COMMENTARY | Louisiana governor Bobby Jindal wants me to be able to refuse him service at my place of business. According to Jindal, an ardent conservative, I should be allowed to refuse service to anyone if my religious beliefs would be compromised by providing such service. Of course, he and other conservatives are naively assuming that such religious beliefs only apply to homosexuals…when they could easily apply to women or minorities.
As a white male, it could very well be my firm religious belief that racial and ethnic minorities are inferior and their dark skin is a mark from God representing impurity. Thus, I could not remain true to my religious belief if I were forced to enter into business relationships with such people. Under laws proposed by Republicans, I would have to be allowed to refuse service to anyone who was not white. Providing minorities with service would compromise my religious belief that I should only do business with other white folks.
Oh, and there are those other religious arguments used during the era of Jim Crow, such as arguments that “separate but equal” was good because mixing of the races was wrong.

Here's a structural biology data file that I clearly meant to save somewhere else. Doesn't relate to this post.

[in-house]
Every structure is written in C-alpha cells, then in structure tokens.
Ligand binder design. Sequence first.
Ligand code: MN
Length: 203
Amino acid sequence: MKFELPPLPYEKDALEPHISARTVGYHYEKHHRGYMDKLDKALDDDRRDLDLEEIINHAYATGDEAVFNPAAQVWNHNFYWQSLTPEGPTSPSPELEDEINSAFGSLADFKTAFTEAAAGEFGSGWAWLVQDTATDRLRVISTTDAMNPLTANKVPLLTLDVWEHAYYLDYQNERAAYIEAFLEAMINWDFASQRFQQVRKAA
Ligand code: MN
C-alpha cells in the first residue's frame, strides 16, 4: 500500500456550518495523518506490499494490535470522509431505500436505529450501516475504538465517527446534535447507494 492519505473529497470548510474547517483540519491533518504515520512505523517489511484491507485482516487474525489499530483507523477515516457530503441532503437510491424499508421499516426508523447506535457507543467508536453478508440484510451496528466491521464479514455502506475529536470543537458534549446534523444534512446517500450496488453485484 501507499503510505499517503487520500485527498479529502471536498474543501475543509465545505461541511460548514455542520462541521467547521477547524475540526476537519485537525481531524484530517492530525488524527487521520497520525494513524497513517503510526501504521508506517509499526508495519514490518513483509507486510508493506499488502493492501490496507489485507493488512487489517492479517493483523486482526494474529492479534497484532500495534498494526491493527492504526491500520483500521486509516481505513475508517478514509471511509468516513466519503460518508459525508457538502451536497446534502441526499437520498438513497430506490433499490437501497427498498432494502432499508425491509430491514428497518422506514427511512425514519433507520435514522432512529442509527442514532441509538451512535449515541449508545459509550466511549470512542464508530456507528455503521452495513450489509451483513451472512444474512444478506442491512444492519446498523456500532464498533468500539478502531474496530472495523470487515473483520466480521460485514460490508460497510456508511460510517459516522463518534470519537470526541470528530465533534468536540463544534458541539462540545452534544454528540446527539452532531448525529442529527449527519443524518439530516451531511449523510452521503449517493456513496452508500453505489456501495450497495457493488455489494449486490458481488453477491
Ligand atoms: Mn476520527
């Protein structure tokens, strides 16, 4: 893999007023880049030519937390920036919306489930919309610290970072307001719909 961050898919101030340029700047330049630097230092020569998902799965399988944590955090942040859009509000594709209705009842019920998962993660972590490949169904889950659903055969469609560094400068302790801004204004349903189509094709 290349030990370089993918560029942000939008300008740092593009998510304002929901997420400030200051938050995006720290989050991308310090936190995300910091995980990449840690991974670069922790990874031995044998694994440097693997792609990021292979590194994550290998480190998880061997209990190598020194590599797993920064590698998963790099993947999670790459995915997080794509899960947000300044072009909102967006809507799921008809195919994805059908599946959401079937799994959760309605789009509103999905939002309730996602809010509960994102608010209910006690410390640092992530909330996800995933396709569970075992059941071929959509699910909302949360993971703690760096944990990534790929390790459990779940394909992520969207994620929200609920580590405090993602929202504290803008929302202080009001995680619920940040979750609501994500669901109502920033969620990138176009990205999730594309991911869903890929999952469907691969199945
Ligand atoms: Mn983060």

It could very well be my firm religious belief that I should not do business with women, since women are inferior to men and are not the head of the household. It could be my religious belief that I will only provide service to heads of household, because I feel it is improper to take a [white] man’s money without his consent. “I’m sorry, but I will need your husband to make the purchase,” I would be allowed to say. “I cannot trust that you are acting in the wishes of the head of household, the family unit of which is sacred unto Christ Jesus.”
So, when Republican politicians like Michelle Bachmann, a woman, and Bobby Jindal, an ethnic minority, argue in favor of laws allowing business owners to refuse service based on “religious freedom,” as evidenced by ABC News, they are passionately arguing that I be allowed to discriminate against them.
I would be allowed to turn both of them away, simply stating that it is my religious belief that they are inferior, according to the Bible, and thus I should not have to provide them service or offer them employment.
Fortunately, I hold no such religious beliefs. But, because I do firmly believe that it is wrong to assist hypocrites, I will gladly refuse service to any and all public supporters of laws allowing discrimination under the guise of “religious freedom.” It is my firm religious belief and I will stick to it! Any politician who votes in favor of such legislation will not be allowed to purchase goods or services from me, seek employment with me, or enter into business negotiations with me.